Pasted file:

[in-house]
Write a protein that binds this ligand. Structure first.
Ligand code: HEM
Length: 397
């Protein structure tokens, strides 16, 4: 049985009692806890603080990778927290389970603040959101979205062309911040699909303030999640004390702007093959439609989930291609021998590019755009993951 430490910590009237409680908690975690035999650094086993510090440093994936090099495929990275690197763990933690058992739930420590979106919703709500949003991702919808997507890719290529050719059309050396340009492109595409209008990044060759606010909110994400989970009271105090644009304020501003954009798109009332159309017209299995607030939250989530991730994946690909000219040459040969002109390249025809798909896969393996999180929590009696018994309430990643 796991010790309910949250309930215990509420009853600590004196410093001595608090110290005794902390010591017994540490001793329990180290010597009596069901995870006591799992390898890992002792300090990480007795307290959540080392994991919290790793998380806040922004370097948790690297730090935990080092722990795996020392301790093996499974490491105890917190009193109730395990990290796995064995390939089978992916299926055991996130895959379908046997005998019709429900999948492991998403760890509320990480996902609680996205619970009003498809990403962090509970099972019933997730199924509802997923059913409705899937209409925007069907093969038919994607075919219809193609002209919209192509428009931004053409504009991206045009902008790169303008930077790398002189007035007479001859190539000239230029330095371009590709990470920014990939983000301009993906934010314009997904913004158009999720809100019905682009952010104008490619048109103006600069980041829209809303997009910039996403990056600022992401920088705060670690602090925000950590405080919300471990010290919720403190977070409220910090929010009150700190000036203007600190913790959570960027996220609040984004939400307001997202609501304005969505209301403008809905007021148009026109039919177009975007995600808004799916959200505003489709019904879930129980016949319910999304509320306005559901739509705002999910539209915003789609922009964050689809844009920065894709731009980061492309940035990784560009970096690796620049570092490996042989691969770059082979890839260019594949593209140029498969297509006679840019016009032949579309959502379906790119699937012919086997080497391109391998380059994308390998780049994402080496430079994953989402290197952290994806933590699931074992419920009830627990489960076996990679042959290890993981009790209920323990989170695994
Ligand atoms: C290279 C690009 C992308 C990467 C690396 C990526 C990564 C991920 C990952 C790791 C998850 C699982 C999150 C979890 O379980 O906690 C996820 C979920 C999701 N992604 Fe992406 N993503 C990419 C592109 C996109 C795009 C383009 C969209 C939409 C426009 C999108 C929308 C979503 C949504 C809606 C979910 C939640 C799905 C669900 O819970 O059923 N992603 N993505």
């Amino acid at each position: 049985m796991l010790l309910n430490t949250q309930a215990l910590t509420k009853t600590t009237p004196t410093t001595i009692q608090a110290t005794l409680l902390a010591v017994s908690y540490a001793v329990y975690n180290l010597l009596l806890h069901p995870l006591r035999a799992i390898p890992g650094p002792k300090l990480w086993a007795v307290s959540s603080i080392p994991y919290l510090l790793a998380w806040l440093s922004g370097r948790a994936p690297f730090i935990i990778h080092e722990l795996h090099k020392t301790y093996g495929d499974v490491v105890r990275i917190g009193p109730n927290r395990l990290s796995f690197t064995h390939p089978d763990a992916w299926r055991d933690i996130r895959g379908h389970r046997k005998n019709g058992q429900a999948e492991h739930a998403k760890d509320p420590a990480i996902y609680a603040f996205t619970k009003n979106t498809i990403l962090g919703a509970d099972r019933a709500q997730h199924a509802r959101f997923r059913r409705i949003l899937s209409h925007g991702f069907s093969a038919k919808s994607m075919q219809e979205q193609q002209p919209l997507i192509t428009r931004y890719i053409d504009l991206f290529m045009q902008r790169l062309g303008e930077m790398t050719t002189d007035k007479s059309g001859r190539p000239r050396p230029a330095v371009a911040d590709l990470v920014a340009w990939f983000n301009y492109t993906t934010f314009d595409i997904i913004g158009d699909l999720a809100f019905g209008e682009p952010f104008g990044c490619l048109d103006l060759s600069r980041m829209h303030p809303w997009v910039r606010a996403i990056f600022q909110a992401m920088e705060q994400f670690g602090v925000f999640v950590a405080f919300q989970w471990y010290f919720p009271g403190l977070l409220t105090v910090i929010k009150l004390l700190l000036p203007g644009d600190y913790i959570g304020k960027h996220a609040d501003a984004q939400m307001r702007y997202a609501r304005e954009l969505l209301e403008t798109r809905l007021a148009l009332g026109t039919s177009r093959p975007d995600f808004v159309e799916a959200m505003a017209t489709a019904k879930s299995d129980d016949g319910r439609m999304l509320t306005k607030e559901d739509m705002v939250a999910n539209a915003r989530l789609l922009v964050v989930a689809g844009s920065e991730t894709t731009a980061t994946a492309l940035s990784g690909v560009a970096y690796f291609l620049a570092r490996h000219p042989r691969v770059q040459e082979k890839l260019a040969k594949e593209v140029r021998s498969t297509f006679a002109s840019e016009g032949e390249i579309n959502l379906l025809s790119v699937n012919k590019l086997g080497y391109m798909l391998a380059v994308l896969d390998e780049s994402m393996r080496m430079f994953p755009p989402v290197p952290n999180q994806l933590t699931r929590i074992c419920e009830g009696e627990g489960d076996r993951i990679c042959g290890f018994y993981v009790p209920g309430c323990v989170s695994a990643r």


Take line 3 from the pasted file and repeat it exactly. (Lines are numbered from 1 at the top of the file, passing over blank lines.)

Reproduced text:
Ligand code: HEM